Hero from Hotel Rwanda spoke at BYU: “Don’t stand by, stand up, and do what you can”

Paul Rusesabagina spoke on Tuesday at BYU. I liked how he titled his presentation: “Hotel Rwanda: A story yet to be told” – because the story is not over yet, and each of us can be a small part of making it a better story than it otherwise would be.

In both Rwanda and Burundi there was a genocide of nearly a million people in the last two decades (15% of the population). Paul Rusesabagina stands in stark contrast to the ethnic violence as an example of someone willing to risk his own life to stand against the prejudice and senseless violence that erupted there.

He argued that the majority of the ordinary people do not hate each other so much, but that very poor leadership will take advantage of differences in order to divide and conquer.

He shared some powerful and sobering stories of the past and current situation.

For example, imagine trying to rescue dozens of people from an ethnic group (different from you) who are being called “cockroaches” and exterminated – police stop your car, they call you a traitor, and demand you to take their gun and shoot everyone in your car or else they will shoot you. You know they are serious because you see dead bodies scattered around you. What would you do?

Paul Rusesabagina faced this exact situation, he did not back down, did not give in, and through quick thinking was able to tell the guards that he understood they were tired and frustrated, but that there was an alternative situation, another option to solve the problems they face. He said he learned through this experience that as long as you can get people to speak with you, then you can always negotiate an alternative course of action. He was able to save the lives of not only these people, but over a thousand others who took refuge in the hotel that he managed.

Towards the end of his speech he encouraged all of us there: “Don’t stand by. Stand up, and do what you can, do what you can to help Africa. You can do something.” He said that if you don’t stand up for what is good, then the world will fail, but that we are the hope of the world if we do stand up. He said that if you want the world to get better, you can make it better. If you want it to stay the way it is, it will stay.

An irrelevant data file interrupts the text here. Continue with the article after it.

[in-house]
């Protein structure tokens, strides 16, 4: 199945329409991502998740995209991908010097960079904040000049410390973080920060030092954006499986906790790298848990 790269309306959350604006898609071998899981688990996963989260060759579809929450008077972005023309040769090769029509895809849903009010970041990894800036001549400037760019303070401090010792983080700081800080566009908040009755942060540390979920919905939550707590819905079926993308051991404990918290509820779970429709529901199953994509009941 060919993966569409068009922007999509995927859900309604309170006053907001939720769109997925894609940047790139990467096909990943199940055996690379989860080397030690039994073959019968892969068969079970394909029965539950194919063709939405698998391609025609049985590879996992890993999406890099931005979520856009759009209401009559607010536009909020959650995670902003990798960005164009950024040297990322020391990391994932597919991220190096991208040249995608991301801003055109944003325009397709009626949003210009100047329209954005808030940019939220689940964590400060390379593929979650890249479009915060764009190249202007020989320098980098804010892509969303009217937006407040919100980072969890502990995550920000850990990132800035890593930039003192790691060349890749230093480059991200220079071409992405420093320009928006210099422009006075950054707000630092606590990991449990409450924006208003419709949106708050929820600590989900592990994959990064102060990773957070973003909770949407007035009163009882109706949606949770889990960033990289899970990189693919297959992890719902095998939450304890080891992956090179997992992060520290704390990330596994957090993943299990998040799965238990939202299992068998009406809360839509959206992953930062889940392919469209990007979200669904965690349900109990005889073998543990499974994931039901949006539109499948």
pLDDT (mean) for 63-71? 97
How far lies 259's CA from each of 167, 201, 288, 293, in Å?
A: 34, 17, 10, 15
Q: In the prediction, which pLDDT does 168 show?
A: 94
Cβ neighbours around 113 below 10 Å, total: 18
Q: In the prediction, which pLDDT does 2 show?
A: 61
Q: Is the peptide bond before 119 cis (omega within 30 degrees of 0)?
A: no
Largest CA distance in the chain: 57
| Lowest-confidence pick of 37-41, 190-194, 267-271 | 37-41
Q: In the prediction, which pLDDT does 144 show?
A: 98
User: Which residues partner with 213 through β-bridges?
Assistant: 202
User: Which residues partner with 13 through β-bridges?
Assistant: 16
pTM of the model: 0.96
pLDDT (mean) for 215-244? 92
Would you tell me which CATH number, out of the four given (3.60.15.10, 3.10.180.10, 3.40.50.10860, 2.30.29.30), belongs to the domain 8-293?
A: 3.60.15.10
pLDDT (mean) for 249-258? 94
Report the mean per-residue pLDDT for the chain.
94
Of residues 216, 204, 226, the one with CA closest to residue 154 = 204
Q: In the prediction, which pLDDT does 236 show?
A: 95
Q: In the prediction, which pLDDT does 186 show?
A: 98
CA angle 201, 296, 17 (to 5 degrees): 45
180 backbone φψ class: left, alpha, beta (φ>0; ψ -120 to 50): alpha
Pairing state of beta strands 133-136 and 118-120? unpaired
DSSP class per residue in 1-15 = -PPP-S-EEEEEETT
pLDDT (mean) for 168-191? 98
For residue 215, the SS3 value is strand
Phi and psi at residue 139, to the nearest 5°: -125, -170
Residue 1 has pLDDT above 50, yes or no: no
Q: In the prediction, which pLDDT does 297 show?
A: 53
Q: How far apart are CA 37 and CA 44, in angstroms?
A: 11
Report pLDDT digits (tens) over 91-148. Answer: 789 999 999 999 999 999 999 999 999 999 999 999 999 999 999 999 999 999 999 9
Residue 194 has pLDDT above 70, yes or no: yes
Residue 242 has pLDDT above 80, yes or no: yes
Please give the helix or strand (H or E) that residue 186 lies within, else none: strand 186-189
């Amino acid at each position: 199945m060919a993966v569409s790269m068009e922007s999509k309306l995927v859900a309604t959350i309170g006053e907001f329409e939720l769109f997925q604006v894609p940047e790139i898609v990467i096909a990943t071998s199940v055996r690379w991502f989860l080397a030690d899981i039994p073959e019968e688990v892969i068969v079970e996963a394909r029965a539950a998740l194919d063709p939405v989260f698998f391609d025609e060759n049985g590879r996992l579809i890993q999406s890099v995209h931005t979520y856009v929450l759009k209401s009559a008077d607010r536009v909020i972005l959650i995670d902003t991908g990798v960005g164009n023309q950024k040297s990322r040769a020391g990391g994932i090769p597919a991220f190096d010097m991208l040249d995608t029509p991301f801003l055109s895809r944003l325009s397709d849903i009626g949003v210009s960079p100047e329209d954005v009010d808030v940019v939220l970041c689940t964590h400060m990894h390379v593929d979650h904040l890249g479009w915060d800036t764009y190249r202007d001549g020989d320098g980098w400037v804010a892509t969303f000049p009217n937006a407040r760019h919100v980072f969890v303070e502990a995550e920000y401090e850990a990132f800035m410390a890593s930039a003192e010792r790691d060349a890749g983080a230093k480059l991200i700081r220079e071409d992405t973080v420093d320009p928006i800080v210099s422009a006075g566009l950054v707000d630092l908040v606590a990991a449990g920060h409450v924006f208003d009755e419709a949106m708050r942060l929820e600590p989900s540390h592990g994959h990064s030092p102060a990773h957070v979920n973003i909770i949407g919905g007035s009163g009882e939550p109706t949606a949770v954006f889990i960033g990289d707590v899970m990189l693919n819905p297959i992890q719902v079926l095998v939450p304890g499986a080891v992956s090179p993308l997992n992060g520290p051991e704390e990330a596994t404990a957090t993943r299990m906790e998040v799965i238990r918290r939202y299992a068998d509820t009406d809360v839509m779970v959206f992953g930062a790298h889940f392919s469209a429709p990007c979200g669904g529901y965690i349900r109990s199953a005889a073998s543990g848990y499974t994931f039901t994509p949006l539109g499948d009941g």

The question I ask myself is:

How can I stand up? What best could I do that would actually make a difference?

Listening to him made me think about the conference I am helping organize in Africa (Uganda) this summer – Technology for Innovation and Education in Developing Countries (TEDC 2008). It seems like a small drop in the ocean of what could be done to assist those in disadvantaged situations, but at least it is something.

I am always keeping my eyes and mind open for other meaningful things that I could be involved in, or even just be aware of and support in some way – so if you can think of anything, then let me know. I feel like getting involved in things that help are usually reciprocal and end up benefiting all involved.

A great man and a personal hero, President Gordon B Hinckley, died today at age 97

A great man and a personal hero, President Gordon B Hinckley, died today at age 97

It is strange to have never met a person, and to still feel so close to him/her, like that person has made such a difference in your life, and even as if they are one of your most trusted friends. Gordon Bitner Hinckley was one of those people for me. His words have entertained and inspired me for most of my life, and without a doubt my life is better because of him. He will be missed.

Some clips from the press release of his passing:

“President Gordon B. Hinckley, who led The Church of Jesus Christ of Latter-day Saints through twelve years of globalPicture of President Hinckley expansion, has died at the age of 97…

President Hinckley was known, even at the age of 97, as a tireless leader who always put in a full day at the office and traveled extensively around the world to mix with Church members, now numbering 13 million in 171 nations.

His quick wit and humor, combined with an eloquent style at the pulpit, made him one of the most loved of modern Church leaders

He was a popular interview subject with journalists, appearing on 60 Minutes with Mike Wallace and on CNN’s Larry King Live, as well as being quoted and featured in hundreds of newspapers and magazines over the years. During the Salt Lake Olympics of 2002, his request that the Church refrain from proselytizing visitors was credited by media with generating much of the goodwill that flowed to the Church from the international event…

President Hinckley received a number of educational honors…

President Hinckley was awarded the Silver Buffalo Award by the Boy Scouts of America;

was honored by the National Conference for Community and Justice (formerly the National Conference of Christians and Jews) for his contributions to tolerance and understanding in the world;

and received the Distinguished Service Award from the National Association for the Advancement of Colored People.